Science Inventory

Simvastatin and Dipentyl Phthalate Lower Ex vivo Testicular Testosterone Production and Exhibit Additive Effects on Testicular Testosterone and Gene Expression Via Distinct Mechanistic Pathways in the Fetal Rat

Citation:

Beverly, B., C. Lambright, J. Furr, H. Sampson, V. Wilson, B. McIntyre, P. Foster, G. Travlos, AND E. Gray. Simvastatin and Dipentyl Phthalate Lower Ex vivo Testicular Testosterone Production and Exhibit Additive Effects on Testicular Testosterone and Gene Expression Via Distinct Mechanistic Pathways in the Fetal Rat. TOXICOLOGICAL SCIENCES. Society of Toxicology, RESTON, VA, 141(2):524-37, (2014).

Impact/Purpose:

Pharmaceuticals in the environment may disrupt reproductive development in utero by altering fetal hormone production. When exposures are combined with a toxic substance that affects the same hormone the mixture produces additive effects greater than the effect of either chemical. Hence, we need to be concerned about the effects of mixtures of chemicals that disrupt development when the fetus is exposed to such mixtures in utero

Description:

Sex differentiation of the male reproductive tract in mammals is driven, in part, by fetal androgen production. In utero, some phthalate esters (PEs) alter fetal Leydig cell differentiation, reducing the expression of several genes associated with steroid synthesis/transport, and consequently, lowering fetal androgen and lnsl3 hormone levels. Simvastatin (SMV) is a cholesterol-lowering drug that directly inhibits HMG-CoA reductase. SMV may also disrupt steroid biosynthesis, but through a different mode of action (MOA) than the PEs. As cholesterol is a precursor of steroid hormone biosynthesis, we hypothesized that in utero exposure to SMV during the critical period of sex differentiation would lower fetal testicular testosterone (T) production without affecting genes involved in cholesterol and androgen synthesis and transport. Secondly, we hypothesized that a mixture of SMV and a PE, which may have different MOAs, would reduce testosterone levels in an additive manner. Pregnant Sprague Dawley rats were dosed orally with SMV, dipentyl phthalate (DPeP), or SMV plus DPeP from gestational days 14-18, and fetuses were evaluated on GD18. On GD18, SMV lowered fetal T production and serum triglycerides, low density lipoprotein, high density lipoprotein, and total cholesterol levels, and downregulated two genes in the fetal testis that were different from those altered by PEs. When SMV and DPeP were administered as a mixture, fetal T production was significantly reduced in an additive manner, thus demonstrating that a mixture of chemicals can induce additive effects on fetal T production even though they display different MOAs.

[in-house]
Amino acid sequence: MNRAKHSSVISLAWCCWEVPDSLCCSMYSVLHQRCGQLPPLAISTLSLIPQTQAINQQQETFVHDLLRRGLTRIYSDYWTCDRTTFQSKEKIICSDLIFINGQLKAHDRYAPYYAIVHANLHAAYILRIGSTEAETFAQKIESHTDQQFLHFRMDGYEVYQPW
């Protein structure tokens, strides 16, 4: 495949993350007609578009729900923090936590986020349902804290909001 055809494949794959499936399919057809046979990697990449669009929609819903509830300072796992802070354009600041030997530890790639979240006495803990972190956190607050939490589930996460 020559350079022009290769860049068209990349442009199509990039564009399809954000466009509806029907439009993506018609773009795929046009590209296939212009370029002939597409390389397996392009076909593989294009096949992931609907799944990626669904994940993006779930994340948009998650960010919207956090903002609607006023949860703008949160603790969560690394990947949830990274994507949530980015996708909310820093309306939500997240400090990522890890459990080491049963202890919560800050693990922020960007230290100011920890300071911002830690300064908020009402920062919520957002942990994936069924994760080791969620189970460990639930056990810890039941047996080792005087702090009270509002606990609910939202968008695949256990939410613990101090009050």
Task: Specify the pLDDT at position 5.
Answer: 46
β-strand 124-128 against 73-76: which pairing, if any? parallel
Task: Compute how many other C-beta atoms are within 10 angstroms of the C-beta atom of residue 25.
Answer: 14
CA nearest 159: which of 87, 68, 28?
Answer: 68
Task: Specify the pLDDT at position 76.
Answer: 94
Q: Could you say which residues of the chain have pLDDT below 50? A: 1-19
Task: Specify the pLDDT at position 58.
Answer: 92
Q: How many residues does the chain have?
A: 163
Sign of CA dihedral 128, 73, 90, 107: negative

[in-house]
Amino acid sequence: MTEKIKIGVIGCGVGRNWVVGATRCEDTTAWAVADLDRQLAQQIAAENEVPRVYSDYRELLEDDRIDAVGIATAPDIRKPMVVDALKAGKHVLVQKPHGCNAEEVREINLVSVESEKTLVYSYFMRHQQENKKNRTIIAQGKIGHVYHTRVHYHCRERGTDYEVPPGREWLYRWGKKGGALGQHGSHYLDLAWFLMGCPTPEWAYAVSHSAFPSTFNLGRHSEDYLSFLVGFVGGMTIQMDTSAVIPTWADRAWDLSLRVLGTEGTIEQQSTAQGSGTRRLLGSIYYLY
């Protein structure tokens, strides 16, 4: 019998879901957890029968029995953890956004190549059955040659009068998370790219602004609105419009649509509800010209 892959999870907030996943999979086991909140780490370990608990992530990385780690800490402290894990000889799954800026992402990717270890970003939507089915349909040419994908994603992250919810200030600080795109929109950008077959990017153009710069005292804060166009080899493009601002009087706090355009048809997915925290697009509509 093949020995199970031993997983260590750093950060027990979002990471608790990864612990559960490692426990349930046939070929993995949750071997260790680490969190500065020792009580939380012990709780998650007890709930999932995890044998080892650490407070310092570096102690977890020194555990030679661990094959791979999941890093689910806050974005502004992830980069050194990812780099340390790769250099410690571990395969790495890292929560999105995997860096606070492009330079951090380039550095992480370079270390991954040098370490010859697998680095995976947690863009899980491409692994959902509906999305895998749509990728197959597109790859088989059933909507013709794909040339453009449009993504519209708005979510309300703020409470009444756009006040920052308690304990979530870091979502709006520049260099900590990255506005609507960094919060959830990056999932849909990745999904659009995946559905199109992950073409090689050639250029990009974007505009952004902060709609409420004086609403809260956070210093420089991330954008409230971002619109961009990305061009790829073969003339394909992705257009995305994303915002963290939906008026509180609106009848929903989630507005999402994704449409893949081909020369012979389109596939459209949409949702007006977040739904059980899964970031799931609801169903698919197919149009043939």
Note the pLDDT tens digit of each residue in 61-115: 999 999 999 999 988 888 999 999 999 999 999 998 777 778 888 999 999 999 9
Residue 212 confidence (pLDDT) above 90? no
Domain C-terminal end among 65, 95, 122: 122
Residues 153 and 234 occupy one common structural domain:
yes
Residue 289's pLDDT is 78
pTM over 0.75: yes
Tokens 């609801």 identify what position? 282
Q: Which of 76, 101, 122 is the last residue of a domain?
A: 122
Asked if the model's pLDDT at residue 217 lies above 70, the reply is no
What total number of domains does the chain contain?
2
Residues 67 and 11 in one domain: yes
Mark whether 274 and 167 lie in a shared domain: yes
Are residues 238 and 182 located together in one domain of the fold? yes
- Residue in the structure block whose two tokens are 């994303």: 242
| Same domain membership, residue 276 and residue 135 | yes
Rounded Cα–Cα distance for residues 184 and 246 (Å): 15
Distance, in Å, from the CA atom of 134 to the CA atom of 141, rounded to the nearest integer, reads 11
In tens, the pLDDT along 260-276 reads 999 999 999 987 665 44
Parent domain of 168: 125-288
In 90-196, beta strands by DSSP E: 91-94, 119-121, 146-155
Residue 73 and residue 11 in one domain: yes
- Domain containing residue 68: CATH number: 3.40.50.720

URLs/Downloads:

ORD-007647-ABSTRACT.PDF   (PDF,NA pp, 207.451 KB,  about PDF)

Record Details:

Record Type: DOCUMENT (JOURNAL/PEER REVIEWED JOURNAL)
Product Published Date: 10/01/2014
Record Last Revised: 09/21/2015
OMB Category: Other
Record ID: 294409

Organization:

U.S. ENVIRONMENTAL PROTECTION AGENCY

OFFICE OF RESEARCH AND DEVELOPMENT

NATIONAL HEALTH AND ENVIRONMENTAL EFFECTS RESEARCH LABORATORY

TOXICOLOGY ASSESSMENT DIVISION

REPRODUCTIVE TOXICOLOGY BRANCH